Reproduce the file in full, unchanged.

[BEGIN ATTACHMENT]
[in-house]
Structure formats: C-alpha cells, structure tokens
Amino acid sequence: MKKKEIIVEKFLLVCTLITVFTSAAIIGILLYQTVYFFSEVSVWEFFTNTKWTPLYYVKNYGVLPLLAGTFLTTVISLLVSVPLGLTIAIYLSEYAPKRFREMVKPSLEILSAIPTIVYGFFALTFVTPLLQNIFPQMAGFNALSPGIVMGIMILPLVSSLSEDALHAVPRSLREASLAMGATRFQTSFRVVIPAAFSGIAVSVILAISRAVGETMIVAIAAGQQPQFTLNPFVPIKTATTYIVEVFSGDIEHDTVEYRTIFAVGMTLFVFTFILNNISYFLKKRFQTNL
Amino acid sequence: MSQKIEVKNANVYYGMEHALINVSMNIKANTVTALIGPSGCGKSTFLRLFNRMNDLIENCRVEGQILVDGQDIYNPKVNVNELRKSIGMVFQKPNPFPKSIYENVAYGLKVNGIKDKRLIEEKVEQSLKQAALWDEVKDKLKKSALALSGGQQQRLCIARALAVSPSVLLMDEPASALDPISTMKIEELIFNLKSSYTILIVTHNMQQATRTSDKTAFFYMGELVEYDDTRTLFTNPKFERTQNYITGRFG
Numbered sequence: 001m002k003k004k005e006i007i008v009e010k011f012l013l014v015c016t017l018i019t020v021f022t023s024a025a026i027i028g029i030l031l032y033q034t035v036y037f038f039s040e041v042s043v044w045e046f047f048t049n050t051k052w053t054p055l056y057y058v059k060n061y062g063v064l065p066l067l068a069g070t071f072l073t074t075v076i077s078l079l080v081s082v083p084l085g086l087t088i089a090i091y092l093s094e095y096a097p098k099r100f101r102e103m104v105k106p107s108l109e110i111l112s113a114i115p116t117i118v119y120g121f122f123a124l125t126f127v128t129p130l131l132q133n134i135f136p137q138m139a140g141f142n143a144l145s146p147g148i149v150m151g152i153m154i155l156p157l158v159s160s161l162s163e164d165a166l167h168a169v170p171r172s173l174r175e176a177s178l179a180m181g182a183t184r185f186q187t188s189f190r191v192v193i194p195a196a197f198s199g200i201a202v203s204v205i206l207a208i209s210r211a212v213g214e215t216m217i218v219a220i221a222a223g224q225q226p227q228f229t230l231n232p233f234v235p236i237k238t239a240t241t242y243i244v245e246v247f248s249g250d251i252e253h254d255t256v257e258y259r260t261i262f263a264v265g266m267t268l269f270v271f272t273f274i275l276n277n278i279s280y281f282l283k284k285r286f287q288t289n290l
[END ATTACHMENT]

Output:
[in-house]
Structure formats: C-alpha cells, structure tokens
Amino acid sequence: MKKKEIIVEKFLLVCTLITVFTSAAIIGILLYQTVYFFSEVSVWEFFTNTKWTPLYYVKNYGVLPLLAGTFLTTVISLLVSVPLGLTIAIYLSEYAPKRFREMVKPSLEILSAIPTIVYGFFALTFVTPLLQNIFPQMAGFNALSPGIVMGIMILPLVSSLSEDALHAVPRSLREASLAMGATRFQTSFRVVIPAAFSGIAVSVILAISRAVGETMIVAIAAGQQPQFTLNPFVPIKTATTYIVEVFSGDIEHDTVEYRTIFAVGMTLFVFTFILNNISYFLKKRFQTNL
Amino acid sequence: MSQKIEVKNANVYYGMEHALINVSMNIKANTVTALIGPSGCGKSTFLRLFNRMNDLIENCRVEGQILVDGQDIYNPKVNVNELRKSIGMVFQKPNPFPKSIYENVAYGLKVNGIKDKRLIEEKVEQSLKQAALWDEVKDKLKKSALALSGGQQQRLCIARALAVSPSVLLMDEPASALDPISTMKIEELIFNLKSSYTILIVTHNMQQATRTSDKTAFFYMGELVEYDDTRTLFTNPKFERTQNYITGRFG
Numbered sequence: 001m002k003k004k005e006i007i008v009e010k011f012l013l014v015c016t017l018i019t020v021f022t023s024a025a026i027i028g029i030l031l032y033q034t035v036y037f038f039s040e041v042s043v044w045e046f047f048t049n050t051k052w053t054p055l056y057y058v059k060n061y062g063v064l065p066l067l068a069g070t071f072l073t074t075v076i077s078l079l080v081s082v083p084l085g086l087t088i089a090i091y092l093s094e095y096a097p098k099r100f101r102e103m104v105k106p107s108l109e110i111l112s113a114i115p116t117i118v119y120g121f122f123a124l125t126f127v128t129p130l131l132q133n134i135f136p137q138m139a140g141f142n143a144l145s146p147g148i149v150m151g152i153m154i155l156p157l158v159s160s161l162s163e164d165a166l167h168a169v170p171r172s173l174r175e176a177s178l179a180m181g182a183t184r185f186q187t188s189f190r191v192v193i194p195a196a197f198s199g200i201a202v203s204v205i206l207a208i209s210r211a212v213g214e215t216m217i218v219a220i221a222a223g224q225q226p227q228f229t230l231n232p233f234v235p236i237k238t239a240t241t242y243i244v245e246v247f248s249g250d251i252e253h254d255t256v257e258y259r260t261i262f263a264v265g266m267t268l269f270v271f272t273f274i275l276n277n278i279s280y281f282l283k284k285r286f287q288t289n290l